What does this theoretical schema have to tell us about neoliberalism? According to Mason, in the late-1990s, the elements of a fifth long wave came into being. ‘Network technology, mobile communications, a truly global marketplace and information goods’ should, in long-wave terms, have led to a vigorous economic upswing. However, this boom has failed to materialise, and Mason lays the blame squarely at the feet of neoliberalism.

The reason? The very same information technologies that could have proved the basis for an upturn are, on Mason’s score, qualitatively different from the technological surges that founded other long-cycles. The advent of sophisticated computer technologies has fundamentally altered the relationship between physical work and information. Using a variety of useful vignettes, such as the revolution effected in jet engine design, Mason demonstrates how information technology has transformed the design, production and lifecycles of commodities. The result is that, ‘[t]he great technological advance of the early twenty-first century consists not of new objects but of old ones made intelligent. The knowledge content of products is becoming more valuable than the physical elements used to produce them’.


The problem for capitalism, however, is that knowledge, unlike physical goods and services, is abundant and can be reproduced for free. Using Marx’s labour theory of value, Mason demonstrates how this reality tends to corrode the price mechanism, based as it is on scarcity and competition. As the knowledge content of physical goods rises, this price-effacing effect spills over into the production of physical goods as well. Mason explores most incisively the defences thrown up by capitalism; gigantic tech monopolies like Apple and Google, the encouragement of what he dubs ‘bullshit jobs’ in the service sector, and the mining of the positive externalities thrown up for free by the interactions of networked consumers.

Even more troubling for capital, Mason suggests, is the rise of a new revolutionary class, the ‘networked individuals.’ Influenced by the autonomist Marxist tradition, he argues that the social basis of the old Western proletariat has disintegrated, as capitalist production has escaped the walls of the factory and workers experience debt as a specific form of financial exploitation. In any event, he makes the audacious claim that Marx and Engels were wrong about the proletariat, to which he ascribes an inherent conservatism. Whereas this proletariat was never equal to its historical task, Mason holds greater hope for the networked individual, a ‘beautiful troublemaker’ whose fundamental interest is in post-capitalism.

On the basis of these seemingly radical premises, Mason draws surprisingly prosaic prescriptions. The path to post-capitalism will be constituted by deep, non-market action on climate change, the socialisation of the finance system, the delivery of a high level of wealth and prosperity to the majority of people, and harnessing technology towards profound automation and the reduction of work to its physical minimum. In the unfolding of these processes, Mason believes the state will have a critical role to play.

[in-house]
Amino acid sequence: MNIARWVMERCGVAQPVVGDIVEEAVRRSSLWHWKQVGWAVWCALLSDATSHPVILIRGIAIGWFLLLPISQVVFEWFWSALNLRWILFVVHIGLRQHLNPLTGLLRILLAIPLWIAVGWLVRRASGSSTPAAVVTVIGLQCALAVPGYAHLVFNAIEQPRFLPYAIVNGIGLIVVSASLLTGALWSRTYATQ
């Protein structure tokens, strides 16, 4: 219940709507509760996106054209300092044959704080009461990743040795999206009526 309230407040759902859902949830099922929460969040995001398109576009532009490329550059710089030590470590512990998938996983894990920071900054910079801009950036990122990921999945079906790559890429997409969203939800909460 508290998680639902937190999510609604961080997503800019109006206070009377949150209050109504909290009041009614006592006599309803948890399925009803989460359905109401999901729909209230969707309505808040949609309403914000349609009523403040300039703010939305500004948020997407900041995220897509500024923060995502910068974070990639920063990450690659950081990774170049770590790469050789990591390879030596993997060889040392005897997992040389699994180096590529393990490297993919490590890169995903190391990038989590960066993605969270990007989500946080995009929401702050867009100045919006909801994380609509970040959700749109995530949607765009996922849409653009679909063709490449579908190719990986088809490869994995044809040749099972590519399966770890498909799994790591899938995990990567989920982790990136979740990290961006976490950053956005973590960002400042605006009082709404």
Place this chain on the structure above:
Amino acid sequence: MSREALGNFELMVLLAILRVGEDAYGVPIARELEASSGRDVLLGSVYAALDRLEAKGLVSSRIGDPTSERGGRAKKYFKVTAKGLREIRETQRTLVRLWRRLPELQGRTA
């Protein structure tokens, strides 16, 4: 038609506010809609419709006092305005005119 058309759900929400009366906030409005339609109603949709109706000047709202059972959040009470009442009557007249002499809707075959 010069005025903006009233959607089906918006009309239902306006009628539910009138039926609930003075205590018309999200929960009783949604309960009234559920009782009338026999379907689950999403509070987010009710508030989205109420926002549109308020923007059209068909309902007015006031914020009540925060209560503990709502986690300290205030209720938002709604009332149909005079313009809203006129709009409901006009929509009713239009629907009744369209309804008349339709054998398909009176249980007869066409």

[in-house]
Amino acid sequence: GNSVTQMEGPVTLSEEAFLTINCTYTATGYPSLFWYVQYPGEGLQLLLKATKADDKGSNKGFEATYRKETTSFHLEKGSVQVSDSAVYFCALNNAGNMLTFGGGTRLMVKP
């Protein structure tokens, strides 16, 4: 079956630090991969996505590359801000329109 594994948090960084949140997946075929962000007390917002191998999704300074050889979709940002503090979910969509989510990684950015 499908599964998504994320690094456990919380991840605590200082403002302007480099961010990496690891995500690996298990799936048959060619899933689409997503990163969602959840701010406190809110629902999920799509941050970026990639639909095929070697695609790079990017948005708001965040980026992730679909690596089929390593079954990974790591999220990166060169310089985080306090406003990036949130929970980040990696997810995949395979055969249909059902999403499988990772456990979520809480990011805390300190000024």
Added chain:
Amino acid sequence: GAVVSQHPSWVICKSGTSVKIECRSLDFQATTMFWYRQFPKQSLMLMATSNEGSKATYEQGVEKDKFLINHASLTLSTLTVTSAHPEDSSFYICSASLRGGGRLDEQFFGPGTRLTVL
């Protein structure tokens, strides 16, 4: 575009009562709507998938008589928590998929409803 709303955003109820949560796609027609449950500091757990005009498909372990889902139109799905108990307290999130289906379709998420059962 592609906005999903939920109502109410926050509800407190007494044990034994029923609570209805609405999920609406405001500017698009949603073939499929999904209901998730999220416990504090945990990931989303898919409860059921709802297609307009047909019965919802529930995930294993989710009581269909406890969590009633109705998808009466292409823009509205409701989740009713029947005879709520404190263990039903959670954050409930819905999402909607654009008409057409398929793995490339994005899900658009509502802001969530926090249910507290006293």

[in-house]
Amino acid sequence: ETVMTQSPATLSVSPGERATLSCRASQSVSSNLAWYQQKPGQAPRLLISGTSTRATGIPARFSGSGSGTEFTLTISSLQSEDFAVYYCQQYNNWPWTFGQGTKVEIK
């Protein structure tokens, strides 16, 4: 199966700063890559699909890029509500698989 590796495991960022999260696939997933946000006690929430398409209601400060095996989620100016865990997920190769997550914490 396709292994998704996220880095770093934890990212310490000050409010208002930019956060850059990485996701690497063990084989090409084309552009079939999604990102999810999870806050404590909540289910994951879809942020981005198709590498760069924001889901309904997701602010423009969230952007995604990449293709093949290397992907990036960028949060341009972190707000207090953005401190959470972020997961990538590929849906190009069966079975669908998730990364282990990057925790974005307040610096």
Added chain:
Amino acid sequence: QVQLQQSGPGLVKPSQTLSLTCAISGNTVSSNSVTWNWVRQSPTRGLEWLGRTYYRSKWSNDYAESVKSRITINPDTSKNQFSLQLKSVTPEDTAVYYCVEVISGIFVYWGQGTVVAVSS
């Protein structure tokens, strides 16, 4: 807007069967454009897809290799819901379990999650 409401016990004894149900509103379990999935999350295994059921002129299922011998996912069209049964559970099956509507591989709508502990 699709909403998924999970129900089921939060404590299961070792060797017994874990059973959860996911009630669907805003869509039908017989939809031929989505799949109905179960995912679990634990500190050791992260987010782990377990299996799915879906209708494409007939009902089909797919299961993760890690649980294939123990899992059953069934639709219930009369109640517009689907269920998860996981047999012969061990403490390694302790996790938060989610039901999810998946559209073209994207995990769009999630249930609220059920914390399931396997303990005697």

There is much to like about the account Mason has developed. He knits a diverse range of economic, political and social phenomenon into a cohesive and lucid post-capitalist vision, all premised on a fundamentally sound understanding of capitalism as an inherently contradictory system. To this general vision is allied a detailed and trenchant criticism of neoliberalism as a particularly rabid capitalist form. Indeed, he is at his best in his cutting accounts of the criminality of Lehmann Brothers traders, the defensive responses of tech giants, and hopeful exploration of the rebellion of the networked individual. As would be expected from a journalist of his standing, the book is written in a lively and persuasive style.

His eclectic theoretical framework is impressive in its breadth, but it is here that the chief shortcomings of the book are to be found. Two flaws in particular stand out. First, he tries to ‘have his cake and eat it too’ regarding the labour theory of value and the proletariat. He proceeds on the assumption that the labour theory of value is fundamentally correct and describes the essence of capitalist society, yet then tries to deny that the ‘old’ proletariat had a fundamentally revolutionary potential. In reality, the two constitute a unity. If we accept that the foundation of capitalism is the extraction of profit on the basis of unpaid labour time, it follows that the political-economy of the working-class will always, à la Michael Lebowitz in Beyond Capital, have latent within it anti-capitalist potential. The desire to paint the new ‘networked individual’ as something structurally different from the old proletarian causes him to overstate the distinction between the two, somewhat unsurprisingly given his affinity for autonomist Marxism. Strikes in China, for example, are painted as the uprising of the networked individual, rather than classic labour struggles. Similarly, the extraction of wealth from workers in the form of debt is taken as a new form of exploitation when it remains, as Marx identified in Capital Volume III, a levy upon surplus value realised in the production process.

Second, Mason assumes that the state can, in a neutral and technical fashion, realise the policies he prescribes. Considering the effort he has gone to in theorising the economic and technical basis of capitalism, the lack of a proper theorisation of the state is sorely felt. There is no notion of the state as a form of capitalist social relations, a form that must be broken if Mason’s post-capitalism is to come to fruition. This rendering of the state in class-neutral terms is also the basis of Mason’s hope for a gradual, peaceful transition to post-capitalism, and also informs his hostility to those currents of socialism, such as Bolshevism, which advocate forcible seizure of the state apparatus.